That’s something I can say when I remember that He is good and almighty. But often I am this self-focused creature who suffers from both memory loss and myopia. I forget the goodness of God. I forget that life does not revolve around me. Worse, I forget to trust in God. I set my sights on earthly matters and conclude that God doesn’t care. I would rather wallow in my self-pitying tears than lay down my concerns at Jesus’ feet. Because remembering God’s goodness means admitting that He knows better than I do and understands what I cannot in my limited human capacity. It means waving the white flag and confessing that when my version of best conflicts with God’s, then mine is wrong because His is always, always right. It means forgetting my dreams, no matter how beautiful they may be, at least for the present, because they interfere with God’s plan for me.
Those humbling moments are plenty, and they are always painful. But those moments are also precious, because they bring me closer to God. I relearn what it means to trust and how it feels to let go of what I think I want. I have a Proverbs 3:5 moment all over again. It is not easy to relinquish control of my desires but it gets a little easier when I am reminded if how God is always good, loving and faithful to me. He is never perverse and He does what He wants to do, which always ultimately works best for me. No, it is not easy, but it gets easier with every apparent defeat. It is not easy, but it is always right.
One more thing I remember writing in my journal amidst my drama was that God wasn’t one to withhold blessings from one who already has a lot. It was illogical, ignorant and self-centered to reason out that Korea didn’t deserve the victory by virtue of their better government. It doesn’t work that way because there is no limit to God’s generosity. The life I live is testament to that. If there was, I wouldn’t have the right to ask more from God because I already have a lot. I have Him.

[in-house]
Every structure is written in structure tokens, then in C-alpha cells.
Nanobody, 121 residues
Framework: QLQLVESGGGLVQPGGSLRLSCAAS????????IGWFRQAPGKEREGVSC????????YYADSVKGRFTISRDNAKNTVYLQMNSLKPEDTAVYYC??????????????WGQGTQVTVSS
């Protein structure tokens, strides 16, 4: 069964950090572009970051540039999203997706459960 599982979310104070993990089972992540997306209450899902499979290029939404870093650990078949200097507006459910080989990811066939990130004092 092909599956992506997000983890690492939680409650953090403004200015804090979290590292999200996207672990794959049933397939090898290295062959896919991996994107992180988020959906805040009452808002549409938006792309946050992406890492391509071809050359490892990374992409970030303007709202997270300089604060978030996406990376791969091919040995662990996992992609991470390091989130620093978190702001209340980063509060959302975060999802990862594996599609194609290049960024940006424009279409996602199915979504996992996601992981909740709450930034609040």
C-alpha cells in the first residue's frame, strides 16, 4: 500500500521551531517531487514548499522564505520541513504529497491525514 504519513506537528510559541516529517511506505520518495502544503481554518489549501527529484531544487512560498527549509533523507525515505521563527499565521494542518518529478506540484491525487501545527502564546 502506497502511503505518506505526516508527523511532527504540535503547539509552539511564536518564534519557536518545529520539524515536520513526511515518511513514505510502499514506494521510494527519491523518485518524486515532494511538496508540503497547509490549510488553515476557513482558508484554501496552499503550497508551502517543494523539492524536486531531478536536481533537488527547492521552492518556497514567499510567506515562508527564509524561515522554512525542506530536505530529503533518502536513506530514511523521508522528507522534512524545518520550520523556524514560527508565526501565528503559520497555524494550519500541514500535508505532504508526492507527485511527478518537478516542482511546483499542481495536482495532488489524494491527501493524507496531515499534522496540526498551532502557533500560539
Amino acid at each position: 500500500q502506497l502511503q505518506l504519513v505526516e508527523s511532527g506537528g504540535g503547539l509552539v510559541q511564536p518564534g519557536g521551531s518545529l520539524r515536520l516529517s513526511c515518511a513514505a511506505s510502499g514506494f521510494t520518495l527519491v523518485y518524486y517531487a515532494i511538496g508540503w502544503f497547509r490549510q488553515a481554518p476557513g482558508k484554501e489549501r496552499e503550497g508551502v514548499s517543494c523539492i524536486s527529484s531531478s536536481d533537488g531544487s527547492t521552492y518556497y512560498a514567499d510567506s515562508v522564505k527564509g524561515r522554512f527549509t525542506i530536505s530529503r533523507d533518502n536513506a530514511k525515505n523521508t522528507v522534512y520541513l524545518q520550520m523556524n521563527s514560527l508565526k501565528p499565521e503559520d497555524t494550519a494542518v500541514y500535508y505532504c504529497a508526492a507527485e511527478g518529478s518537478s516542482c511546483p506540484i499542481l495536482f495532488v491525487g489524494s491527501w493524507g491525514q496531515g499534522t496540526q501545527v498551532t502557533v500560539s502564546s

I have since come a long way from that day when I cried and cried to my mom over the phone but I keep the rejection email in my inbox still because I long for that day when I am so secure of my worth in God’s eyes, so over my college failures, so contented with my present life, so close to God, that I could read that impersonal “We regret to inform you that. . . ” and not feel a pang in my heart. And I believe in that day. I also believe that whether the Gilas advances to the semi-finals or not, it will be for the best.
We still have a chance to advance to the semis. It is but the slimmest of chances (Qatar has to lose in their games against Kazakhstan and Korea, and we have to win over Kazakhstan with at least 11 points) so I am amazed by the faith my fellowmen are exhibiting. A lot of people are saying “tiwala lang (just trust)” and “pray for gilas”. I consider this. If I truly believe that God is good and He can give the gold to the Philippines this year, I must also believe that IF it doesn’t come, then it is God saying “no”, for whatever reason.
And I do believe. I believe in a God who cares for the Philippines. I believe in a God who cares about basketball. I believe in a God who could make us win against all odds. I believe in a God who listens to the prayers of his basketball-loving people. I also believe in a God who knows when to answer with a “yes” or a “no”. And I believe that He knows better than I do what this year’s Asian Games outcome should be and will be. And because I believe, I will accept that. Win or lose, I will remain Gilas Pilipinas’ faithful fan, while God- He will remain a faithful God.